[JURIST] Denmark's Director of Public Prosecutions [official website, in English] Henning Fode has decided not to press criminal charges against Jyllands-Posten [media website], the Danish newspaper that first published caricatures of the Prophet Muhammad [JURIST news archive] which last month set off worldwide protests amongst Muslims leading to multiple deaths, the burning of Danish embassy buildings, and boycotts of Danish goods. The top prosecutor upheld the earlier decision of a regional prosecutor who maintained the drawings were protected by freedom of speech laws and did not violate bans on racist and blasphemous speech. In a press release [PDF] on the full ruling [English version], Fode said:
I have today decided not to institute criminal proceedings in the case of Jyllands-Posten's article "The Face of Muhammed", which was published on 30 September 2005 and where complaints were filed against Jyllands-Posten for violation of Sections 140 and 266 b of the Danish Criminal Code. My decision is that there is no violation of the said rules of the Danish Criminal Code.Many Muslim organizations and individuals have expressed their disapproval of the decision, including the Islamic Faith Community, which says it will consider taking the issue to the European Court of Human Rights [official website] in Strasbourg, France. The Danish Foreign Ministry has meanwhile upgraded travel warnings for Muslim countries, fearing that the decision may cause negative reactions towards Danes abroad. AP has more.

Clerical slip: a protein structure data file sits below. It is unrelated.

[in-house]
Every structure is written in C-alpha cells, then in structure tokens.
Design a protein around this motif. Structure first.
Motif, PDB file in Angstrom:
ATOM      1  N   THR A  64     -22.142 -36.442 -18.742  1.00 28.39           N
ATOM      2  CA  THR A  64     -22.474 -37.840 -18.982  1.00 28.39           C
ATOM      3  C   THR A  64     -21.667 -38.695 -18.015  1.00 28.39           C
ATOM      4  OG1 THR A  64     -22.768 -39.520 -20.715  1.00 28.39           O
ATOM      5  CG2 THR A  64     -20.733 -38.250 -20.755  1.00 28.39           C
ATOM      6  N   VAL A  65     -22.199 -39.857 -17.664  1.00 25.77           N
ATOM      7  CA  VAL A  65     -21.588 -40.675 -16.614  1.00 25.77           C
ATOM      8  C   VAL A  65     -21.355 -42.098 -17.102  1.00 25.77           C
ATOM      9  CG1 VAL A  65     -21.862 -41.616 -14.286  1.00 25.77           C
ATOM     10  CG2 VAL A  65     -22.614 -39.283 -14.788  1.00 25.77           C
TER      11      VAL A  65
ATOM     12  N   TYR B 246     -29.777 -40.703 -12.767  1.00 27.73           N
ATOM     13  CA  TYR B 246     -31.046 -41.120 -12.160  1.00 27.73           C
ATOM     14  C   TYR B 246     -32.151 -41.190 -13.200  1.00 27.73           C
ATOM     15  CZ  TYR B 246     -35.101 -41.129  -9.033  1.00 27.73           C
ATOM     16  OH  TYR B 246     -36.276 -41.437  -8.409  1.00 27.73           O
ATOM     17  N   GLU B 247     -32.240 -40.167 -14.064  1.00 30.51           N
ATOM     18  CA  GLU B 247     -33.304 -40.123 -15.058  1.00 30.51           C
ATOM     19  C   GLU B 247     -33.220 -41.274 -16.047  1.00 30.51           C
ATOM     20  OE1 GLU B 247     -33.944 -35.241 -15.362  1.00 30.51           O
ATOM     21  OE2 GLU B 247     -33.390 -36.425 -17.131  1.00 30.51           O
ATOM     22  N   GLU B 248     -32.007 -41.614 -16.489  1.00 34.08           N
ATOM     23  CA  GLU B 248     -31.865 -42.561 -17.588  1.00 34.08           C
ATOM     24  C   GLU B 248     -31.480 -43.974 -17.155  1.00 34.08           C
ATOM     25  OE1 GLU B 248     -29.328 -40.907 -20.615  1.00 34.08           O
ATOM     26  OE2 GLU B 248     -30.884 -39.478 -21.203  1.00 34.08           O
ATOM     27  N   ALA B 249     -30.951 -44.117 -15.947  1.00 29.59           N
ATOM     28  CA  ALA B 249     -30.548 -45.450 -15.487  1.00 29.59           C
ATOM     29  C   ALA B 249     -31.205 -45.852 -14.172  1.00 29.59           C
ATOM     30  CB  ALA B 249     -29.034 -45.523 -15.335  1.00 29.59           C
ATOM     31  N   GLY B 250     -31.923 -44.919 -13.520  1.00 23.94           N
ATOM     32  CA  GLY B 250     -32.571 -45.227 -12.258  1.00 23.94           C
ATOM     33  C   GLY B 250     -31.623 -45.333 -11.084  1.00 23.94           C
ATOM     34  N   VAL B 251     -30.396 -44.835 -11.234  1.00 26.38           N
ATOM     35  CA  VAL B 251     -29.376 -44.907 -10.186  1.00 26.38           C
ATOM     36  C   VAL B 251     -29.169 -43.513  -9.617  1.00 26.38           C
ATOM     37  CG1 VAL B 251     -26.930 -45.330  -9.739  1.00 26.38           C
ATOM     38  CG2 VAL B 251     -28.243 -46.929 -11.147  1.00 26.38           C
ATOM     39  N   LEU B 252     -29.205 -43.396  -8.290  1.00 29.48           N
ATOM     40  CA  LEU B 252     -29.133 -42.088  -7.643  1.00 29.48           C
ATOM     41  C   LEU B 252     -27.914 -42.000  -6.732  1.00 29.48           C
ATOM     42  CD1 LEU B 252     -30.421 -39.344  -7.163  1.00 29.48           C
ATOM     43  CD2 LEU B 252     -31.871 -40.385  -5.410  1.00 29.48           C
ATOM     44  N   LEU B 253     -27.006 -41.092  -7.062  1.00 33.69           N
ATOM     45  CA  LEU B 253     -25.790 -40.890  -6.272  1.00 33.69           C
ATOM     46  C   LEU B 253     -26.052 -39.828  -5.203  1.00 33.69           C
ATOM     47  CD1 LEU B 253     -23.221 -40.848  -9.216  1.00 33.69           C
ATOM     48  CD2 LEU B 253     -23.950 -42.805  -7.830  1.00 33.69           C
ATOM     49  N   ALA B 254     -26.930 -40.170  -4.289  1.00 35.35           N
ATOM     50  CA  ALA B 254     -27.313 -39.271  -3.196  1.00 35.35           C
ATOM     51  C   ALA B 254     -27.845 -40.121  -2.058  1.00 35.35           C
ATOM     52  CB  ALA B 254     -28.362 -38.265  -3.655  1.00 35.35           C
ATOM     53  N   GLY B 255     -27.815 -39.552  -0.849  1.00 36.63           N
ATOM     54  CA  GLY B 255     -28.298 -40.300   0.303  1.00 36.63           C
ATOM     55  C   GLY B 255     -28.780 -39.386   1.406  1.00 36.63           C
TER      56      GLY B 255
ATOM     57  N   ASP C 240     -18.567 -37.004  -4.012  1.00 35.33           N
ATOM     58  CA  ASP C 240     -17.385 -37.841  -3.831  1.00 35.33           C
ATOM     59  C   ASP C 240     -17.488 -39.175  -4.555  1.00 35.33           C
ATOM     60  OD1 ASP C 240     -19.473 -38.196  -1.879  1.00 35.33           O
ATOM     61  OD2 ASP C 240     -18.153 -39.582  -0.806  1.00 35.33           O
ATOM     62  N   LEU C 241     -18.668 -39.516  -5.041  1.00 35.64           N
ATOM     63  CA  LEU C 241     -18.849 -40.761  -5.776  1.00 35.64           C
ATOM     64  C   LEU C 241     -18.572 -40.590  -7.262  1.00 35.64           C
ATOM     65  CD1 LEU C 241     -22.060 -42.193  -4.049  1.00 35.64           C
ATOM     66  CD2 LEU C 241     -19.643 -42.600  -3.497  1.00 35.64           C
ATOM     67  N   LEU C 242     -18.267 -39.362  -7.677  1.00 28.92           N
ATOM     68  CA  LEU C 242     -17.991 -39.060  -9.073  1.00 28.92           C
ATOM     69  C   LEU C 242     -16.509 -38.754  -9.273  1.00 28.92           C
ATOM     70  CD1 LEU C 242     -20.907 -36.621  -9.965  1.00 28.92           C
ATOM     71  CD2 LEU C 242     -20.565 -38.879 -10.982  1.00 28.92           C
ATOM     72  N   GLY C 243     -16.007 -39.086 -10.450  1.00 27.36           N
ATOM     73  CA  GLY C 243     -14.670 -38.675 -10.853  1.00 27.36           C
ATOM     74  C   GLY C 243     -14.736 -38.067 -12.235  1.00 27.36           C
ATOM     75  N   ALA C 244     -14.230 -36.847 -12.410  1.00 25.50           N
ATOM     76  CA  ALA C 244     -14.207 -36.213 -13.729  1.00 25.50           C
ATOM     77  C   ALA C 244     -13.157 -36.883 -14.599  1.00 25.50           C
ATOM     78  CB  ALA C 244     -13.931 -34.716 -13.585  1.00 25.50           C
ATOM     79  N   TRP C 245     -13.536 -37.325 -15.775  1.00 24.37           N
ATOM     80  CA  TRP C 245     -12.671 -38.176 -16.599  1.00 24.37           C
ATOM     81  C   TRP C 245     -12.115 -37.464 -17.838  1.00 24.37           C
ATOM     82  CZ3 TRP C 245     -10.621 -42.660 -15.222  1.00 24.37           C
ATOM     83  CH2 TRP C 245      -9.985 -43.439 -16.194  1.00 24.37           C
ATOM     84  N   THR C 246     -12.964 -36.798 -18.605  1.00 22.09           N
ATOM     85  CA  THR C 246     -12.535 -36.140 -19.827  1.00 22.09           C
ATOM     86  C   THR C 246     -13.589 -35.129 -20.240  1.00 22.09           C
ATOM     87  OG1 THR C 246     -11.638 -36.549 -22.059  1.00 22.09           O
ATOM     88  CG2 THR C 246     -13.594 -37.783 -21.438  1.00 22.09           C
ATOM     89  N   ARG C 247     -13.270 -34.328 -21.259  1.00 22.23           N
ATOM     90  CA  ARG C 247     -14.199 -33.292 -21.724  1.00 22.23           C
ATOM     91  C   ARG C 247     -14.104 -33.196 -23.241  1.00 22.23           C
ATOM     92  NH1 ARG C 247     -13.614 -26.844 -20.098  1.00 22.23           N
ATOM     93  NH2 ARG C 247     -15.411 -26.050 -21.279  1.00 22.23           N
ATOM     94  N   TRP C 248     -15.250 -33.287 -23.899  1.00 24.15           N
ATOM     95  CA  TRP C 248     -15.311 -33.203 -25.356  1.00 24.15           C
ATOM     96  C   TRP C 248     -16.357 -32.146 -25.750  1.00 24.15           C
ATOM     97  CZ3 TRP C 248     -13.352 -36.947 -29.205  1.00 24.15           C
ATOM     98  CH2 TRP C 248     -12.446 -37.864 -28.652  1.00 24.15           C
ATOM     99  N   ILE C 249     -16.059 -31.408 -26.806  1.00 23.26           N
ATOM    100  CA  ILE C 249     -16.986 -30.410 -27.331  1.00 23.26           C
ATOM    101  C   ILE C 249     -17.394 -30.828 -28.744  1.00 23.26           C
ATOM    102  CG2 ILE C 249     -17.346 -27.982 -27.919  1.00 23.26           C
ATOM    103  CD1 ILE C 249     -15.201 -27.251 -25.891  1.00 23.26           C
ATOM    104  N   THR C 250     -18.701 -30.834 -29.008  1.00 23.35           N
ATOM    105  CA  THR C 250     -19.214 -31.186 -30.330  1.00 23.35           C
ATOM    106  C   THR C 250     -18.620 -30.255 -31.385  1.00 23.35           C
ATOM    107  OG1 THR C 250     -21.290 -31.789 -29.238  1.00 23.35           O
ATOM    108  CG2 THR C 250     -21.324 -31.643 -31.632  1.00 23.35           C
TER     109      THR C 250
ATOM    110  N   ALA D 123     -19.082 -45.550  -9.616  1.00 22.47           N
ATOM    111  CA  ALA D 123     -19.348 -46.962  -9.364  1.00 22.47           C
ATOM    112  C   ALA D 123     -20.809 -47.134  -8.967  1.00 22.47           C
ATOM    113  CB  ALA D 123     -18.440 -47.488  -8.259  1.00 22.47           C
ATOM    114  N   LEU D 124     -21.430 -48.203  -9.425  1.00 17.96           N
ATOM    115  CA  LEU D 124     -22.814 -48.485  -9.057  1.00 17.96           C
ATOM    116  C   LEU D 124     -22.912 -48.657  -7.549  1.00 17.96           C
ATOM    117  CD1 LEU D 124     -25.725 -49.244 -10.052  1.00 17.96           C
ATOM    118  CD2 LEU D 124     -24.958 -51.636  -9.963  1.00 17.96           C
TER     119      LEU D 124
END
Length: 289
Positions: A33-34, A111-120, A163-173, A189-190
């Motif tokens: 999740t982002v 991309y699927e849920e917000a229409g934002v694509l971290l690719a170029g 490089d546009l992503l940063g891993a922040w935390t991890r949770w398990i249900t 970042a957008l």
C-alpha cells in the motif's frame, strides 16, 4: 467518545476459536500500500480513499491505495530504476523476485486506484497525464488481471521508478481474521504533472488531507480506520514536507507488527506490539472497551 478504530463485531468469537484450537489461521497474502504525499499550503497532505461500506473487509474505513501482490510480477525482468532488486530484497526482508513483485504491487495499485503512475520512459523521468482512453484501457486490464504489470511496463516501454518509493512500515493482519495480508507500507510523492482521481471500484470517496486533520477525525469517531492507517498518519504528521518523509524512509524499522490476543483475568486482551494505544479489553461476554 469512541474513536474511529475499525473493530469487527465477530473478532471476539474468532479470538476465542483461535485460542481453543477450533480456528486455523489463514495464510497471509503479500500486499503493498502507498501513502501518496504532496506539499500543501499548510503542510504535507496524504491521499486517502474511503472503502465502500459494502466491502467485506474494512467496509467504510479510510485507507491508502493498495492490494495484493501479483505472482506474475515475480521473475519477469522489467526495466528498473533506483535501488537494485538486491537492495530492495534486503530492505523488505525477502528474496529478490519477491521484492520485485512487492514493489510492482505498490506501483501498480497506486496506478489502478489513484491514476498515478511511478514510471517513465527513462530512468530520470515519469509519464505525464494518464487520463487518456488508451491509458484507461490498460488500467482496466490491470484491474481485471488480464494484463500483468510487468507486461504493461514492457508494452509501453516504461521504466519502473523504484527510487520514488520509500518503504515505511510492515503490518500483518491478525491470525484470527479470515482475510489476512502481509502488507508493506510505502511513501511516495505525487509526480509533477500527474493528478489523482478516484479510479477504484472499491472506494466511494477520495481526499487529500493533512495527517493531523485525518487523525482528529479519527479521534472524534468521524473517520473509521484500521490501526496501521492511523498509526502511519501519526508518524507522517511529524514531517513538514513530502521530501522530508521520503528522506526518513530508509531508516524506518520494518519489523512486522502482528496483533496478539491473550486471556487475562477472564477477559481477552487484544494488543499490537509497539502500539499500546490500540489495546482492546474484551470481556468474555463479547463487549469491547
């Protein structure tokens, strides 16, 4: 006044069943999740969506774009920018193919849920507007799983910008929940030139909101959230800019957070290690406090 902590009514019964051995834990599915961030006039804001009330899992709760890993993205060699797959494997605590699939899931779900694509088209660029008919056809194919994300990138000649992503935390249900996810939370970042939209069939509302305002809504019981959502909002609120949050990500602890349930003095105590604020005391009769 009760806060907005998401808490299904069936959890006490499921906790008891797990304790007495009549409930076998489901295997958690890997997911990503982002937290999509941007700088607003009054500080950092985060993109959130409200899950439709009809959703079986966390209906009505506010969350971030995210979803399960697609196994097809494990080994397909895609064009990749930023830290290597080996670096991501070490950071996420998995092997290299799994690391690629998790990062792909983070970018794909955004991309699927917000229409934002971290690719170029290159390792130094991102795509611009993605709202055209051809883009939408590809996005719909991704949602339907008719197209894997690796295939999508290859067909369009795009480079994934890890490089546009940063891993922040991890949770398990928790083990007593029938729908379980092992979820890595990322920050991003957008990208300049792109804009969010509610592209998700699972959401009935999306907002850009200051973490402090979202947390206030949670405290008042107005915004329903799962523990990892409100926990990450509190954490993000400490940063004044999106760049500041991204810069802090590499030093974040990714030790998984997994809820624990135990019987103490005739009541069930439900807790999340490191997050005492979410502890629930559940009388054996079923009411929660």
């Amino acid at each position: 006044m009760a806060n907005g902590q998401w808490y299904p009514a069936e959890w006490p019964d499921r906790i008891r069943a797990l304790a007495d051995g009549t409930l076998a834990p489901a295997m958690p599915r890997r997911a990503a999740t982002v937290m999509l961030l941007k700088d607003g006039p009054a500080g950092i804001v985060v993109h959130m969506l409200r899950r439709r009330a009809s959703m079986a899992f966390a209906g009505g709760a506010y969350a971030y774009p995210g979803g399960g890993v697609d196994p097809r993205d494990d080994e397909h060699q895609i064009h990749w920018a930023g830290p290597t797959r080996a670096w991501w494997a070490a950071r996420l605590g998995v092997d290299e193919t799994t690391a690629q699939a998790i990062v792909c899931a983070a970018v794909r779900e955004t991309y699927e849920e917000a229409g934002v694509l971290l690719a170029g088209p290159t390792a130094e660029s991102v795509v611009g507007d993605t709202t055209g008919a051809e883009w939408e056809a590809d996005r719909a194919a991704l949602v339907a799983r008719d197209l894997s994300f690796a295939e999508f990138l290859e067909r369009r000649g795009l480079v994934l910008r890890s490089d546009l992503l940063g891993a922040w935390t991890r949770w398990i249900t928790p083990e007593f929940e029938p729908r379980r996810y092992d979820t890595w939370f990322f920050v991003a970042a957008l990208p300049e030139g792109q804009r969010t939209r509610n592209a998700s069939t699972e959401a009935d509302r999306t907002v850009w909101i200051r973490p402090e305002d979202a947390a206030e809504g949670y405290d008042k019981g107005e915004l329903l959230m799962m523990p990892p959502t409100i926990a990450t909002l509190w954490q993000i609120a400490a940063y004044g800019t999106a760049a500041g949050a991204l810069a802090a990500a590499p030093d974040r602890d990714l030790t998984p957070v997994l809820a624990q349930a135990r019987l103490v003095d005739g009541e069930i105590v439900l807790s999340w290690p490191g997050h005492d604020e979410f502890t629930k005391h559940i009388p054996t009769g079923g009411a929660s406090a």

Although there is no basis for instituting criminal proceedings in this case, it should be noted that both provisions of the Danish Criminal Code contain a restriction of the freedom of expression. Section 140 of the Criminal Code protects religious feelings against mockery and scorn and Section 266 b protects groups of persons against scorn and degradation on account of their religion among other things. To the extent publicly made expressions fall within the scope of these rules there is, therefore, no free and unrestricted right to express opinions about religious subjects. It is thus not a correct description of existing law when the article in Jyllands-Posten states that it is incompatible with the right to freedom of expression to demand special consideration for religious feelings and one has to be ready to put up with scorn, mockery and ridicule. My decision in the matter cannot be appealed to a higher administrative authority. This follows from Section 99(3) of the Danish Administration of Justice Act.